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AMD confirm AM4 motherboards will be supported until 2020

All aboard

After months of murky rumours, vague interview statements and subsequent but equally unclear clarifications, AMD have confirmed once and for all that their AM4 motherboard platform will continue to receive support until the year 2020. This will come as excellent news for existing Ryzen users and incoming Ryzen+ buyers, as it means that any potential new motherboard purchase isn't about to go the way of every other tech purchase these days and be made redundant in six months. Good times. 

First introduced at the tail end of 2016 with the release of AMD's Bristol Ridge APUs, AMD's Socket AM4 standard now supports four different families of AMD processor, with hopefully more to come, the CPU giant has said.

Not wanting to toot their own horn or anything, but in a briefing on the launch of their new Ryzen+ CPUs, AMD said that this kind of long-term platform support is "unprecedented in the history of desktop computing, and we want that socket to continue forward to 2020 and support even more families of processors down the road. This is a tremendous achievement that we're proud of, to have this very flexible, user-friendly, upgrade-friendly ecosystem out there, and we're making it even better."

There are currently over 100 different types of AM4 motherboards out in the wild right now, scaling from mini-ITX boards all the way up to extended-ATX models. Within the AM4 platform, there are also numerous different chipsets that determine what kind of features you'll find on each board and how they'll perform overall. If you bought one of last year's 1st Gen Ryzen desktop processors or the recently released Ryzen 3 2200G and Ryzen 5 2400G with integrated Vega graphics, you'll probably be most familiar with the B350 and X370 chipsets.

However, AMD are introducing another chipset today, the X470, to help users get the very best out of their new Ryzen+ processors, particularly the Ryzen 7 2700X, which has a thermal design point (TDP) of 105W. Most X370 boards are capable of coping with this TDP as well, but the benefit of going with the X470 is that it comes with free, built-in AMD StoreMI acceleration tech.

StoreMI essentially combines the speed of your SSD with the capacity of your hard disk into a single drive, allowing you to load games and applications on your HDD at SSD-like speeds. It's a bit like RAID, in that all you'll see in Windows is a single drive with the combined capacity of both drives, but StoreMI optimises everything at a block level, allowing it to migrate your most-used blocks to the fastest bits of storage, and you can also add 2GB of DDR4 RAM cache on top, too, if you're that way inclined.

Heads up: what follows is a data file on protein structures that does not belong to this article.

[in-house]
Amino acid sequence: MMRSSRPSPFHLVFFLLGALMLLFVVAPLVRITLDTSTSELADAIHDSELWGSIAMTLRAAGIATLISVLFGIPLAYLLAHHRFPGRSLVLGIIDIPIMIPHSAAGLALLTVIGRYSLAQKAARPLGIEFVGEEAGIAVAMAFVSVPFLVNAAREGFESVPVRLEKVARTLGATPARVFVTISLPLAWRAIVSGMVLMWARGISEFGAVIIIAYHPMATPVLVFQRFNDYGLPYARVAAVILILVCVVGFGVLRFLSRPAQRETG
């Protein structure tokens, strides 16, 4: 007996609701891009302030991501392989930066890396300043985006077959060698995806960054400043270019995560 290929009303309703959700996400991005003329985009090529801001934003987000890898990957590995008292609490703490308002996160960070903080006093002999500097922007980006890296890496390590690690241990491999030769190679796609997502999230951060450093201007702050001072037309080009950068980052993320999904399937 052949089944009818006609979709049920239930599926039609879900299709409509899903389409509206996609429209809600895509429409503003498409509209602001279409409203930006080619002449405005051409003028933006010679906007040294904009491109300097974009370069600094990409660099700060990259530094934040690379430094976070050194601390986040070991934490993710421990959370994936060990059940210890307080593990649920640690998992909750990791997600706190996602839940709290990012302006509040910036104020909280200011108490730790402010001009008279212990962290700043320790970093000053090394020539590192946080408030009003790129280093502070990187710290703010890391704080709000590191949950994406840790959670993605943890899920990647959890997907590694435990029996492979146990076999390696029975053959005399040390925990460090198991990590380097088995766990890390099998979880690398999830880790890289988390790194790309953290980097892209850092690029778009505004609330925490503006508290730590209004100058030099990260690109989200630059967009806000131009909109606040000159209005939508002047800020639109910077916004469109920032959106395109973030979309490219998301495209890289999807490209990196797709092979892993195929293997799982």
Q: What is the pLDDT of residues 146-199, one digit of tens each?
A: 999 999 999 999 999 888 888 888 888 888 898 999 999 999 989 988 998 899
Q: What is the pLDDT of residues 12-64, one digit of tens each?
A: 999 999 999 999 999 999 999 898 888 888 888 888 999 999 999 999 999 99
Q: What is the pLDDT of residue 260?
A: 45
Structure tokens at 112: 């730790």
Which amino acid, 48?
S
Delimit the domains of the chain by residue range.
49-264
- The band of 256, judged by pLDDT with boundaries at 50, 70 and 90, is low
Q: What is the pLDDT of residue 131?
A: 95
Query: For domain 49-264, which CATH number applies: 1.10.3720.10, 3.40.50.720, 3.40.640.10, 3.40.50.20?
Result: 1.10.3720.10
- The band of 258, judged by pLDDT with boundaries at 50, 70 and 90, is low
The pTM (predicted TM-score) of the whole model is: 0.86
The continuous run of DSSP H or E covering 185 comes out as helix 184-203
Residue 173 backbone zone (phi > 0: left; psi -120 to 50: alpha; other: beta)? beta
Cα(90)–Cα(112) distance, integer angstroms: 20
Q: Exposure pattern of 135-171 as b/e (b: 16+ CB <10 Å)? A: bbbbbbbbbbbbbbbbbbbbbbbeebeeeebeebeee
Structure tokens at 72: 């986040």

StoreMI can also be uninstalled or upgraded at any time, and you don't need to faff around with formatting or partitions, either, as everything's done automatically without having to be installed through Windows. All you need is a SATA, NVMe or 3D Xpoint SSD with a capacity of 128GB, and you're away.

This will be particularly great news for those who have spent many hours looking longingly at 2TB SSDs, or even the highest capacity drives on our best SSD list, without the funds to buy them, as StoreMI effectively gives any HDD the same kind of read and write speed as the SSD you end up pairing it with. You won't start seeing that jump in speed straight away, mind, as the acceleration tech will need a bit of time to identify those most-used files and learn where to put them. Once you've gone through that process, though, say hello to your new jumbo SSD-like storage.

Likewise, unlike older AM4 chipsets, the X470 will have day-one support for Ryzen+ (and the Ryzen Vega APUs), so you won't need to upgrade your BIOS beforehand or go through the hassle of trying to get hold of an older AMD processor to make sure it's compatible. Some older 300-series boards may still let you drop processors in straight away, though - you'll just need to make sure you look for a badge on the box declaring it's 'AMD Ryzen Desktop 2000 Ready.' Otherwise, existing AM4 owners will need to perform a BIOS update, which is available to download now from AMD's support site.

About the Author

Katharine Castle avatar

Katharine Castle

Editor-in-chief

Katharine is RPS' editor-in-chief, which means she's now to blame for all this. After joining the team in 2017, she spent a lot of time in the RPS hardware mines, testing all the bits that go inside our PCs, but now she gets to write about all the lovely games we play on them, too. She'll play pretty much anything she can get her hands on, and is very partial to JRPGs and the fetching of quests.

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